Today, my baby is seven-months-old. I have been a mother for seven months. Have I adapted to it? I don’t know. Will I ever? I don’t know. On some days, all I want to do is lie on the bed and read a book and drink a huge glass of wine. On other days, I spend hours gazing at my baby as he chews his rattle, babbles nonsensical sentences and tries to get my attention with little squeals of delight. When he is such an angel, it doesn’t infuse me with a sudden surge of maternal hormones or a gallon of energy to face all that parenthood entails. But it does make me feel warm and loved. A better person than I give myself credit for. A more hopeful person who anticipates greater gifts on the horizon, never mind the greater challenges.

Maybe, just maybe, I got this.

Wuff Wuff All Night

The universe is conspiring to give me chronic insomnia. Sleep is toxic; it wastes precious, productive hours that people can spend engaged otherwise. For much of this year, my baby boy decided it would be fun to party at 3 a.m. Now, after he has moved his partying to more respectable hours, someone else decided it would be incredibly fun to keep me up. The hyperactive stray dogs in my locality.

Stray dogs in Pune

Now, before doggie lovers pounce at me in protest, let me make this clear: I love dogs. I have always wanted to keep one at home but have been obstructed by various reasons. When I meet a happy, eager-to-please stray, I offer biscuits and pats, sometimes to R’s disapproval. Never have I been cruel to one of these canines.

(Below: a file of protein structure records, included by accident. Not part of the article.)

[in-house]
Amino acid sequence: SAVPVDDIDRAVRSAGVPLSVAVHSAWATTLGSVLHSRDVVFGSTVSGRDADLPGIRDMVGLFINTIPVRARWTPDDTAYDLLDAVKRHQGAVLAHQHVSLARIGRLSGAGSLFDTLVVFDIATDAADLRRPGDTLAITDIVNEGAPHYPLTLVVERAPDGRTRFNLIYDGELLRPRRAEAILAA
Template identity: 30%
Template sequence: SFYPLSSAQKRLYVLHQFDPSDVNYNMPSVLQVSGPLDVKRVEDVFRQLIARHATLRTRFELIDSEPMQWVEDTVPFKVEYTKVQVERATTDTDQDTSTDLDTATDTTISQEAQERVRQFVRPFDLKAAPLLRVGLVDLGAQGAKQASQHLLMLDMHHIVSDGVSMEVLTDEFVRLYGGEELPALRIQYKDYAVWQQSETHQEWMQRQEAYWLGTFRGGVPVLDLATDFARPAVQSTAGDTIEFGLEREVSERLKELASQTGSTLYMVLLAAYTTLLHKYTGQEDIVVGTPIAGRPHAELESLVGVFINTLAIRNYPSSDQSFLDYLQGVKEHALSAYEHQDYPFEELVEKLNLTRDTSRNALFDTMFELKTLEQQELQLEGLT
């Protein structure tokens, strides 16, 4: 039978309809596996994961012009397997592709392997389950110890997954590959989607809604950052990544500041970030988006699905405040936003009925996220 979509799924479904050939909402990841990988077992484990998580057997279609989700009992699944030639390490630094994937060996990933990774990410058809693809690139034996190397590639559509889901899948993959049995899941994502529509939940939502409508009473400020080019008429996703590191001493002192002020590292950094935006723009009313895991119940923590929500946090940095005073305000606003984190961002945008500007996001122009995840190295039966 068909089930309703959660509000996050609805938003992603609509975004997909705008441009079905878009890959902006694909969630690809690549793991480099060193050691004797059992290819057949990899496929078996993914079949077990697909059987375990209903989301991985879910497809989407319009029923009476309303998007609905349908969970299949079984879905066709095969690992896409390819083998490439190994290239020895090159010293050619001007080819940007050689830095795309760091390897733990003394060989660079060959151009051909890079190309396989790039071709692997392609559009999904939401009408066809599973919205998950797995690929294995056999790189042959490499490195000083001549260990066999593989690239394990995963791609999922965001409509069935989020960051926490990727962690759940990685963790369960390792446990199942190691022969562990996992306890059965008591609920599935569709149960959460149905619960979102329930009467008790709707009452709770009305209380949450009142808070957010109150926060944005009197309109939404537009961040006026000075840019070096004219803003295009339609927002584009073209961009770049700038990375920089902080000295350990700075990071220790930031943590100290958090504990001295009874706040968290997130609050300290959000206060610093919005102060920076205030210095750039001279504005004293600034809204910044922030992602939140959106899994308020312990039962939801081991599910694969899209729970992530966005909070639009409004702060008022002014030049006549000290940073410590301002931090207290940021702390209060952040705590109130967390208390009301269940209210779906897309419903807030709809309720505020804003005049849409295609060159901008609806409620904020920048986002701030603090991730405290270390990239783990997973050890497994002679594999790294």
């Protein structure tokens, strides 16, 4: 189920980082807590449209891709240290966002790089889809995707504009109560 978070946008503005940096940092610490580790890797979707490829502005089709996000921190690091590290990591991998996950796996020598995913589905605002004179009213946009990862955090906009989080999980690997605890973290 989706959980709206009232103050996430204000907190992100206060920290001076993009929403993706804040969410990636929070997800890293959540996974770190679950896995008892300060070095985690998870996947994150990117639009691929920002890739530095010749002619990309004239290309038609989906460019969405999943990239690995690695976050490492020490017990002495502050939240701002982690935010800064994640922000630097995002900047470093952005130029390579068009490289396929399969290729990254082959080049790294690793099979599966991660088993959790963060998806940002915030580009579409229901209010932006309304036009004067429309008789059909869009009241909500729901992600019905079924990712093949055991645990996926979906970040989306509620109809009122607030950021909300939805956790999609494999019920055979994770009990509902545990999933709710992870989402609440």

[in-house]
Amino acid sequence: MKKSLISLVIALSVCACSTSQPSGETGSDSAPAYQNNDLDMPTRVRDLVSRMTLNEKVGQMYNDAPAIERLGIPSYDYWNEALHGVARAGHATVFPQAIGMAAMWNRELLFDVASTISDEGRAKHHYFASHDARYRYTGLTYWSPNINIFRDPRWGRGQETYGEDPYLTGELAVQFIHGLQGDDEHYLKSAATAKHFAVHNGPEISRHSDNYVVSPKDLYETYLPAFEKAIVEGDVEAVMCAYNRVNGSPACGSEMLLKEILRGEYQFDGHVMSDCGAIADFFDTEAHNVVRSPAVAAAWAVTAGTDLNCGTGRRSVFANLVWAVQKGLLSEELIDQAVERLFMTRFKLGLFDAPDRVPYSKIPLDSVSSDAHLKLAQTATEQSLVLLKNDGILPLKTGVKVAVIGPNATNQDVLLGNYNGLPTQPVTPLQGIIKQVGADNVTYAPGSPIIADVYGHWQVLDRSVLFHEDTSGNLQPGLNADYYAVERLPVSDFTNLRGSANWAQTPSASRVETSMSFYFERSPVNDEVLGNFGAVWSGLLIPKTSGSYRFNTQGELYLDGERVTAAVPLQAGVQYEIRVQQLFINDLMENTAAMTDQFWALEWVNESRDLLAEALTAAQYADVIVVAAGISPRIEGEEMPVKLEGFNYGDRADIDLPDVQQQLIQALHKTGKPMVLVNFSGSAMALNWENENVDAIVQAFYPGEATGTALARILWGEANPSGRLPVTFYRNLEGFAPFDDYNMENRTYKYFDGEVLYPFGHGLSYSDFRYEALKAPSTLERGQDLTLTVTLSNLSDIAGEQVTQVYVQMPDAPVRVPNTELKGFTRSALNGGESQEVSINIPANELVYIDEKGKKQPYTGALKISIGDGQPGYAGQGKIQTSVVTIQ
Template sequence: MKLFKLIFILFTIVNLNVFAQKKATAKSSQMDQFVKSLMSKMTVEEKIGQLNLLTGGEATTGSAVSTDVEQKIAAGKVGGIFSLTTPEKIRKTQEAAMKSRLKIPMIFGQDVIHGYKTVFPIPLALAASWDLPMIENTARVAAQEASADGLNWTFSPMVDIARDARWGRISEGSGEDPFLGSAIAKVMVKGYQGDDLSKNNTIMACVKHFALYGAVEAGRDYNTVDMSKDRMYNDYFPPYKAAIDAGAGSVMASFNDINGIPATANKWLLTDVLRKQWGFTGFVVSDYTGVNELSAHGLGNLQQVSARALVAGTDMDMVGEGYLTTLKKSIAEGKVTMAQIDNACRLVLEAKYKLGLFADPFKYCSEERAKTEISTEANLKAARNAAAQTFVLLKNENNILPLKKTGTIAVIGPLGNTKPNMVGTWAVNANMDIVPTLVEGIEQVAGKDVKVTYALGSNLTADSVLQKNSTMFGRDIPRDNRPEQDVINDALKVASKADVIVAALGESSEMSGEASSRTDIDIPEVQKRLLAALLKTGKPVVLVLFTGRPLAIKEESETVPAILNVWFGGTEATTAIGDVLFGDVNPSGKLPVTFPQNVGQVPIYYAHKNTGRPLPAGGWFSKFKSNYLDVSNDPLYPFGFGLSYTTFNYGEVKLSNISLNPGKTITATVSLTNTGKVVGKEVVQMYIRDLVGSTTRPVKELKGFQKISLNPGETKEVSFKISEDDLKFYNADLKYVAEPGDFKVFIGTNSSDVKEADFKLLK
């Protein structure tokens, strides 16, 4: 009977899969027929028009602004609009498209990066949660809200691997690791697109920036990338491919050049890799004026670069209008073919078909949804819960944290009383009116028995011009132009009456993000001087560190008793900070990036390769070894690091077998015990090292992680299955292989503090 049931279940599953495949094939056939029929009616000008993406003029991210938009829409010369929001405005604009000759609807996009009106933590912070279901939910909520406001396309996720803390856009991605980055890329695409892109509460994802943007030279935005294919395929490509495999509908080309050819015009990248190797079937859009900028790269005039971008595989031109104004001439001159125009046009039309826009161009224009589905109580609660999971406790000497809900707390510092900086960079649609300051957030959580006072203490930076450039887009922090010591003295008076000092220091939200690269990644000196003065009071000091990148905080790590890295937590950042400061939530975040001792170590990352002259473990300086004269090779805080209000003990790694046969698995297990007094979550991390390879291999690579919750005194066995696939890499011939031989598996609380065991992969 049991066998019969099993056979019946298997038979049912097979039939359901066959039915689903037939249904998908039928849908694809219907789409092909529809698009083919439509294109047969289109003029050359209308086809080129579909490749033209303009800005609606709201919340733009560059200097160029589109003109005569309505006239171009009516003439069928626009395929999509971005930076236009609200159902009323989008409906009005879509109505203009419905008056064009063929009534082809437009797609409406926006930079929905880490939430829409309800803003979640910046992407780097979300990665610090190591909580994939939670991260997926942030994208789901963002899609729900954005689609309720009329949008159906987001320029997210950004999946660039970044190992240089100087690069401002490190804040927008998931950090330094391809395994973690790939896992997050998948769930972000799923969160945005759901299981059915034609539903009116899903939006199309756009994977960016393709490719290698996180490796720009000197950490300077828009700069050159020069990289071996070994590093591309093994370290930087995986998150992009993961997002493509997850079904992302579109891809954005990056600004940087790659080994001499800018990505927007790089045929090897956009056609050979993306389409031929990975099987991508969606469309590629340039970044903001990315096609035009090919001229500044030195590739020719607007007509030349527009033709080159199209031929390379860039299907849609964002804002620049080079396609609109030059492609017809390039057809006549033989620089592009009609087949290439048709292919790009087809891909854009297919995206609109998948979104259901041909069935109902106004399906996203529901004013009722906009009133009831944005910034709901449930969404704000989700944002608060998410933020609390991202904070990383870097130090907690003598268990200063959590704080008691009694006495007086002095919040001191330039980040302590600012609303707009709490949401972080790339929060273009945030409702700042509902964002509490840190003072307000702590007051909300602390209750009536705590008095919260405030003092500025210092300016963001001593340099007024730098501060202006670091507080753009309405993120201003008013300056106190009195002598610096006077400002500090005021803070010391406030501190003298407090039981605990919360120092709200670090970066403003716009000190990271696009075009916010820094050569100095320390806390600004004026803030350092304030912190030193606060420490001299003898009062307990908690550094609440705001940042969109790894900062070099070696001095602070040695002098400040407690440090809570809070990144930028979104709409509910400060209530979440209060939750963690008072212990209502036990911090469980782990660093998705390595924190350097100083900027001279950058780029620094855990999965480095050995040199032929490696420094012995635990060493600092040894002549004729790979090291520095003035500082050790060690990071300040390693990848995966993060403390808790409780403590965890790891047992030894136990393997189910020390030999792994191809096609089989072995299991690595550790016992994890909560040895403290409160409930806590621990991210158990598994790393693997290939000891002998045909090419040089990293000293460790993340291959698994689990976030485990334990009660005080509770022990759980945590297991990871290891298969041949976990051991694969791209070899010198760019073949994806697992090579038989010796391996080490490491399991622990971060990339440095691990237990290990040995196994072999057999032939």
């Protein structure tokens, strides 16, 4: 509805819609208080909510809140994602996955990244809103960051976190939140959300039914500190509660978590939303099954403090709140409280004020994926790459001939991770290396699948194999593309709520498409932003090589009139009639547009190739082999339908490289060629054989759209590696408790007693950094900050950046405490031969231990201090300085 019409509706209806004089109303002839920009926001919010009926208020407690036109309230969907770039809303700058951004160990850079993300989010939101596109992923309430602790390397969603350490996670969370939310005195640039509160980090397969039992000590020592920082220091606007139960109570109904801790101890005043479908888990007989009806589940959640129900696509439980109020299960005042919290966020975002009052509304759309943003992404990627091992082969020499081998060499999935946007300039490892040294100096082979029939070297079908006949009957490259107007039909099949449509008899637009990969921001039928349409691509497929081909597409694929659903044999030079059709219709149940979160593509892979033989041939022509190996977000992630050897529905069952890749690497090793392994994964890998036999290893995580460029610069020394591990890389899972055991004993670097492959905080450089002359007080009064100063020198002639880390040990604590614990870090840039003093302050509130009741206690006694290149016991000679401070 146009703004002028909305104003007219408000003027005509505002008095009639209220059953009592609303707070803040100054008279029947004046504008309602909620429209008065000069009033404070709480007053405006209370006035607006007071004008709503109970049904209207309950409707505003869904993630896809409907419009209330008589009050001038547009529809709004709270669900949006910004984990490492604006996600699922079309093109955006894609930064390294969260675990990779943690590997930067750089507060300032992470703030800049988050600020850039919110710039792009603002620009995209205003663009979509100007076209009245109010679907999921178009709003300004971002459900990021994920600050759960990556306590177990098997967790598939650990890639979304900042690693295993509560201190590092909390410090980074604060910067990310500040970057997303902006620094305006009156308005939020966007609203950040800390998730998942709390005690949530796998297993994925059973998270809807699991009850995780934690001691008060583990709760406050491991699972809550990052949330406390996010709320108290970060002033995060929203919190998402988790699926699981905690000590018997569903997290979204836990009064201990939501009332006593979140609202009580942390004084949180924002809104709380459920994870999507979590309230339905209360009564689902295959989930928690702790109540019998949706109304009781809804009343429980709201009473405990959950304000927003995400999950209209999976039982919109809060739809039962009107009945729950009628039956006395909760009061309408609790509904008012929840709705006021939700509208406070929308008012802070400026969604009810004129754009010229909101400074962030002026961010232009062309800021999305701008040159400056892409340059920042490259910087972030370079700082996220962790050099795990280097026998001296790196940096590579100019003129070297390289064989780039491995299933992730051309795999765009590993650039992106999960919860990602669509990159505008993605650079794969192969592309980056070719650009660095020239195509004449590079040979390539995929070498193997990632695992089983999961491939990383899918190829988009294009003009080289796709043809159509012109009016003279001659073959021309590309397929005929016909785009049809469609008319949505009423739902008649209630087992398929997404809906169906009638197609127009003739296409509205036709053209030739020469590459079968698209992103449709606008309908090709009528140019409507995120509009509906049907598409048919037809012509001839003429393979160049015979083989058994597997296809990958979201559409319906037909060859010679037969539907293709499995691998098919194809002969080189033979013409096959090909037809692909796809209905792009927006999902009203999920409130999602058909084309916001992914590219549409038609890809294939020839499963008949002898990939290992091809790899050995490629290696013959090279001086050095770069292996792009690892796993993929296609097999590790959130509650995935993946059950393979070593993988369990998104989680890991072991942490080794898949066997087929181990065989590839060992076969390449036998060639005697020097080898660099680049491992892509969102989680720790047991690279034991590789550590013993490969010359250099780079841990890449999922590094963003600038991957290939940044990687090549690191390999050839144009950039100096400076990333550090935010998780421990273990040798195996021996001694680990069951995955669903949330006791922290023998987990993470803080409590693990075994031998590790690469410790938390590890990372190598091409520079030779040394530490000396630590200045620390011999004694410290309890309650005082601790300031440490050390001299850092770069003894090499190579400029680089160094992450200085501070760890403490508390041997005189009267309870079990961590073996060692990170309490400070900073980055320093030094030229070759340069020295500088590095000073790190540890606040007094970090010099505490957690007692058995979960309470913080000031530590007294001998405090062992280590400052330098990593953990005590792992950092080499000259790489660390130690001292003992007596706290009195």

Why then are they so cruel to me?

Every night at 3 a.m., Continue reading

If Mom Had Been Here Today

If Mom had been with me today, she would have made me a hot cup of coffee in the morning. She would then have forced me to go and sit in the sunshine and listen to the birds as she soothed my baby into his nap. I would have felt the sun warm my skin and my soul. I would have stretched my arms, sore from rocking and holding the baby for hours on end, and smiled up at the blue sky. Continue reading

I Believe We Once Had a Sun

Well, I cannot be sure anymore. It has been over a month since I last saw it. This morning, I stood in the balcony with a cup of coffee and tried hard to ferret it out. I looked at this corner of the sky and that, squinted, even burnt one finger, but nope, no sun. The sky was lined with bad-weather clouds; thunder growled ominously in the distance. It is official: the golden glob over our heads is a thing of the past.